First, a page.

Q: I am still breastfeeding my son about three to five times in a 24-hour period, although he is already 21 months. Recently we went for a three-week holiday in Europe. Now that we are back home, he just wants to breastfeed. My question is what is the nutrient content of my breast milk now, and how insufficient is it? What food do I give him to ensure he is not lacking. When he was born, he was a good 3.91 kilograms at 50 centimeters, but now at 21 months he is only 11 kilograms at 85 centimeters.
A: Your breast milk is still very nutritious. It does not lose any of its nutritious value as your baby gets older. It would be hard to know how much milk your baby is getting from you. Most mothers of toddlers find they do not have as much as they did when their babies drank only breast milk. It could be that your baby is becoming less tolerant to cow’s milk as he grows older. He may be letting you know by refusing these foods. Or it may be a temporary refusal, and if you relax and try these foods again in a few weeks, he will accept them again.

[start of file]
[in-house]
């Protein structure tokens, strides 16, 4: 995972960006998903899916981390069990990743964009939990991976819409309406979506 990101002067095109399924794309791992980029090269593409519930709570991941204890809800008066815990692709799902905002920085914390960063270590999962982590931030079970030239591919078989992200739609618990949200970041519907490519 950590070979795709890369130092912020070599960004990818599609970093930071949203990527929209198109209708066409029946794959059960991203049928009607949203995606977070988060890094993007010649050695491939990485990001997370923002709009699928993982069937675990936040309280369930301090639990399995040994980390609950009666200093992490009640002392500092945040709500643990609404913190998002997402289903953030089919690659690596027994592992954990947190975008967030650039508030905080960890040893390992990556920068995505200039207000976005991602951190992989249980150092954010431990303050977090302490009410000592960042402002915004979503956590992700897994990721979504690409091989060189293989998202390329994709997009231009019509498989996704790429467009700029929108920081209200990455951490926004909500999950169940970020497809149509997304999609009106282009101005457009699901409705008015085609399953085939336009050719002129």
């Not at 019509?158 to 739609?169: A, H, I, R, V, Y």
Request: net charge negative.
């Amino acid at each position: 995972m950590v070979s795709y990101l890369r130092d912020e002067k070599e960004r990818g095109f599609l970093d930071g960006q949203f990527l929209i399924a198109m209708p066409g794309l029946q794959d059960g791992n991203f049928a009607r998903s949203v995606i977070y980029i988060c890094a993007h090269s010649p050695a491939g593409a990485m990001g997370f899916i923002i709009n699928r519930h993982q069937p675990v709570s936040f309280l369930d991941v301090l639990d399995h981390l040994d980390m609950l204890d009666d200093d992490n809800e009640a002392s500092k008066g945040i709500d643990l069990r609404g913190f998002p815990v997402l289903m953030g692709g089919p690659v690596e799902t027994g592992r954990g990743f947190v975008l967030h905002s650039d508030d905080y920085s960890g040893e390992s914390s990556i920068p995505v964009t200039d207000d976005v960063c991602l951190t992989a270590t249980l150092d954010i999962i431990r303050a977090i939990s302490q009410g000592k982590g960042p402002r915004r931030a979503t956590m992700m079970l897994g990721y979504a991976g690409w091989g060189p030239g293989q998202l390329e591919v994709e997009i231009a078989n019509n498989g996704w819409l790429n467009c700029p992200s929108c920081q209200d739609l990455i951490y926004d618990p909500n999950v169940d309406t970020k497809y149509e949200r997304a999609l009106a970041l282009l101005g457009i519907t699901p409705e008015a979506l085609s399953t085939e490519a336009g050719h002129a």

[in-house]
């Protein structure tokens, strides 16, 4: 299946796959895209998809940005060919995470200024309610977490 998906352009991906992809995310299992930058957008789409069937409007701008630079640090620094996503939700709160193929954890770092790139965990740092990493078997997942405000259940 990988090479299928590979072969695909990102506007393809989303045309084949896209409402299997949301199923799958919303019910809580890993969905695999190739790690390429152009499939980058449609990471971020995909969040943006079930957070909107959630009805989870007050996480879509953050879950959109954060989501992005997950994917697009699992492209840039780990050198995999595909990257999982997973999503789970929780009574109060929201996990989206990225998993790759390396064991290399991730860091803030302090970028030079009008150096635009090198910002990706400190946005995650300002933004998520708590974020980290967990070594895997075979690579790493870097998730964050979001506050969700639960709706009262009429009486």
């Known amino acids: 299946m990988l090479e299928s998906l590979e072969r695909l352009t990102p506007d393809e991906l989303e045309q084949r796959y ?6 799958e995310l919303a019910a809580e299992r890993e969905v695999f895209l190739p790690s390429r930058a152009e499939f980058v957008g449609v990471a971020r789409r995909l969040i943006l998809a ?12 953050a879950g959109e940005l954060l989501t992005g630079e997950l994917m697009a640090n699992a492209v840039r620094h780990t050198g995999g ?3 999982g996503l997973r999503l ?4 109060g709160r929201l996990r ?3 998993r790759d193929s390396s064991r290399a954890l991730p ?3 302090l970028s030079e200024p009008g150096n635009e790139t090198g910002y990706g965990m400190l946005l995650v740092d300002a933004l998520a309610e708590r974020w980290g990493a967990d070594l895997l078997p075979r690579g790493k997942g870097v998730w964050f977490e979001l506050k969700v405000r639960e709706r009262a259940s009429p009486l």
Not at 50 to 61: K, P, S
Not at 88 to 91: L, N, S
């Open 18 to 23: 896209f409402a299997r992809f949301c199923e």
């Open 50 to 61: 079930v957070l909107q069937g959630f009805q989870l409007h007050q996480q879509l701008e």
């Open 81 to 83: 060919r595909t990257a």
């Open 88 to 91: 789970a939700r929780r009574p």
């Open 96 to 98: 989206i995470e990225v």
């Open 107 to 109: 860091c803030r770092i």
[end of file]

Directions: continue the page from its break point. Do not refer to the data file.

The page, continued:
Meanwhile, you might want to talk to a dietitian about how to add calcium to your child’s diet through calcium-rich foods and/or calcium-enriched orange juice. On the other hand, he may want the extra breastfeeding for reassurance and stability. Traveling can affect some babies this way. Once he gets resettled into his normal lifestyle and routine, he may just return to his normal behaviors and preferences.
If you are concerned about his rate of growth, please consult your physician. I understand that between the ages of 1 and 2, most babies do not grow rapidly. I know my own children did not.
I wish you both well.
By Ann Calandro
BSN, RNC, IBCLC Lactation Consultant